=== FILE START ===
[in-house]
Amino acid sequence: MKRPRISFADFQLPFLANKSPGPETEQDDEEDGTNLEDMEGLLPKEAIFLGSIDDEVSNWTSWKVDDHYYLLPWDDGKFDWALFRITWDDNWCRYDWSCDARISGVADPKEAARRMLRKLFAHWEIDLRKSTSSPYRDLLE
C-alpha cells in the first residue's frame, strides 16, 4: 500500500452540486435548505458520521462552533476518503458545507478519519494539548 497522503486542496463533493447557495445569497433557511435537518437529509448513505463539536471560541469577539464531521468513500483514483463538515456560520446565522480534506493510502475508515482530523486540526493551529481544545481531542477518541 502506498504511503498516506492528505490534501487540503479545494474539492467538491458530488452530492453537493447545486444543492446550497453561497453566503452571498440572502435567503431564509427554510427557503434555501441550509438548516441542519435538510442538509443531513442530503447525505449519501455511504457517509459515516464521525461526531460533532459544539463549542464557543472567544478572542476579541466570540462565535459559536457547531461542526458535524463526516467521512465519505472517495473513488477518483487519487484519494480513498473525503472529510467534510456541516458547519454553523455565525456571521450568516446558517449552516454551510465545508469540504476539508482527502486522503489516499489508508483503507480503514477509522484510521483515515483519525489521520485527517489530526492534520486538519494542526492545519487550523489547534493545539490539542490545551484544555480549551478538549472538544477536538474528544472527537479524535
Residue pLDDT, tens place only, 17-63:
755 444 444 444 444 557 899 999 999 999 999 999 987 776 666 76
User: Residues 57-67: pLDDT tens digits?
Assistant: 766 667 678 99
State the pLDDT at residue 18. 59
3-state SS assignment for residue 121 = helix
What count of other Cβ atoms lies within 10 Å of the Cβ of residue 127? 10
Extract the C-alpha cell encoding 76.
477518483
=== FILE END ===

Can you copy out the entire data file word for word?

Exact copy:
[in-house]
Amino acid sequence: MKRPRISFADFQLPFLANKSPGPETEQDDEEDGTNLEDMEGLLPKEAIFLGSIDDEVSNWTSWKVDDHYYLLPWDDGKFDWALFRITWDDNWCRYDWSCDARISGVADPKEAARRMLRKLFAHWEIDLRKSTSSPYRDLLE
C-alpha cells in the first residue's frame, strides 16, 4: 500500500452540486435548505458520521462552533476518503458545507478519519494539548 497522503486542496463533493447557495445569497433557511435537518437529509448513505463539536471560541469577539464531521468513500483514483463538515456560520446565522480534506493510502475508515482530523486540526493551529481544545481531542477518541 502506498504511503498516506492528505490534501487540503479545494474539492467538491458530488452530492453537493447545486444543492446550497453561497453566503452571498440572502435567503431564509427554510427557503434555501441550509438548516441542519435538510442538509443531513442530503447525505449519501455511504457517509459515516464521525461526531460533532459544539463549542464557543472567544478572542476579541466570540462565535459559536457547531461542526458535524463526516467521512465519505472517495473513488477518483487519487484519494480513498473525503472529510467534510456541516458547519454553523455565525456571521450568516446558517449552516454551510465545508469540504476539508482527502486522503489516499489508508483503507480503514477509522484510521483515515483519525489521520485527517489530526492534520486538519494542526492545519487550523489547534493545539490539542490545551484544555480549551478538549472538544477536538474528544472527537479524535
Residue pLDDT, tens place only, 17-63:
755 444 444 444 444 557 899 999 999 999 999 999 987 776 666 76
User: Residues 57-67: pLDDT tens digits?
Assistant: 766 667 678 99
State the pLDDT at residue 18. 59
3-state SS assignment for residue 121 = helix
What count of other Cβ atoms lies within 10 Å of the Cβ of residue 127? 10
Extract the C-alpha cell encoding 76.
477518483